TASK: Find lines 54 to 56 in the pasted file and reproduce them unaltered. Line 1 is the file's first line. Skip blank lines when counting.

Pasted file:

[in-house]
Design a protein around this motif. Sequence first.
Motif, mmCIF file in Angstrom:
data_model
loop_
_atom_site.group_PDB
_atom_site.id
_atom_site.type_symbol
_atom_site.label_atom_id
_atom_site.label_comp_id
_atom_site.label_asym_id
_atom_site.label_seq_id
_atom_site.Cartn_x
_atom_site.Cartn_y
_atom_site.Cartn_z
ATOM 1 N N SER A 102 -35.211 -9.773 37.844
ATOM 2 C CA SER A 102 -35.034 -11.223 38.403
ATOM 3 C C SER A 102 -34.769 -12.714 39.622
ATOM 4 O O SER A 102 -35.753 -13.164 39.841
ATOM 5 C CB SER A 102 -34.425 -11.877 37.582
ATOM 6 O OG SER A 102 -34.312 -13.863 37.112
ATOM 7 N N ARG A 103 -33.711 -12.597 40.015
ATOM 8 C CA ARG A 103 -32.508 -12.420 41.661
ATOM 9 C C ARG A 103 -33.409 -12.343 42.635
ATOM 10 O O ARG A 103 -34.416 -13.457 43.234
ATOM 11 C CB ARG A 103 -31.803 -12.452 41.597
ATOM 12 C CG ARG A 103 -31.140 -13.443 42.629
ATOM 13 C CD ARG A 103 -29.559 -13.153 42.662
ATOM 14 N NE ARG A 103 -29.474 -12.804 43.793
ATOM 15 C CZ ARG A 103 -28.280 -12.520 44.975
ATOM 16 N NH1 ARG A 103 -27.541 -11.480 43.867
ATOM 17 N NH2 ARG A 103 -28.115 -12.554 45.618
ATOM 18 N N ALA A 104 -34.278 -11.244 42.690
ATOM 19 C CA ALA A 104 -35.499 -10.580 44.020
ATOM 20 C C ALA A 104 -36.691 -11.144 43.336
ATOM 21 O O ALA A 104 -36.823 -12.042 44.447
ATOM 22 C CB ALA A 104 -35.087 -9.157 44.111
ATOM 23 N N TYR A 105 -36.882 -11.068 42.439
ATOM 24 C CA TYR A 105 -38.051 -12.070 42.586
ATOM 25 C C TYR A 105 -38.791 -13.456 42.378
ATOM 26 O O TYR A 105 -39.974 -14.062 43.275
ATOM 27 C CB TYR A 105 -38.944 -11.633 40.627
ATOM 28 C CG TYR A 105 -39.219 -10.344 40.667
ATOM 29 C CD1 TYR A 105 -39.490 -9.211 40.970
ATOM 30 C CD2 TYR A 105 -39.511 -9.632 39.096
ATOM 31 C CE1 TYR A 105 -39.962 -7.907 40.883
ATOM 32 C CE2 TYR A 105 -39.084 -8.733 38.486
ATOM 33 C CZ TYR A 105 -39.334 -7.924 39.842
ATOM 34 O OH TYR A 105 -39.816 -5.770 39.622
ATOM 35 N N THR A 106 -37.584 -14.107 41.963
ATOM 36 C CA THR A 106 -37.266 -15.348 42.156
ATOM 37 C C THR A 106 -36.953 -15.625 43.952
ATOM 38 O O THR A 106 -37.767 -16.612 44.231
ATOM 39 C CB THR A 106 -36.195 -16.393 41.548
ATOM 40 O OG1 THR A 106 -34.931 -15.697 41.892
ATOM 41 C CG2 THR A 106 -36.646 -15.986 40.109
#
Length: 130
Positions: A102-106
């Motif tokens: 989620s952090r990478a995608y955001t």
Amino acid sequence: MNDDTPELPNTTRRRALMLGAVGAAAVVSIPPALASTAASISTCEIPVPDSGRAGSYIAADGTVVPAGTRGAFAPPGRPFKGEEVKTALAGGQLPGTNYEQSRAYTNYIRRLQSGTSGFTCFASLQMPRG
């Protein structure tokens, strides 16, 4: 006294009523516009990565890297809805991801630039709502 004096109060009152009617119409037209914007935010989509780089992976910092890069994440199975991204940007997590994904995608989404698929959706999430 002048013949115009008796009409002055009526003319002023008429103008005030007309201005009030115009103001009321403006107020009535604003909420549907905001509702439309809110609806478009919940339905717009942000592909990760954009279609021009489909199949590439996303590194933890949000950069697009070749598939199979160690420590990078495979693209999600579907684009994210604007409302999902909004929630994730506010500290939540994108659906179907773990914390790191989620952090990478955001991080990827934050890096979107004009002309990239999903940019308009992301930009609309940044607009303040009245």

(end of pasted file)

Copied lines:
ATOM 39 C CB THR A 106 -36.195 -16.393 41.548
ATOM 40 O OG1 THR A 106 -34.931 -15.697 41.892
ATOM 41 C CG2 THR A 106 -36.646 -15.986 40.109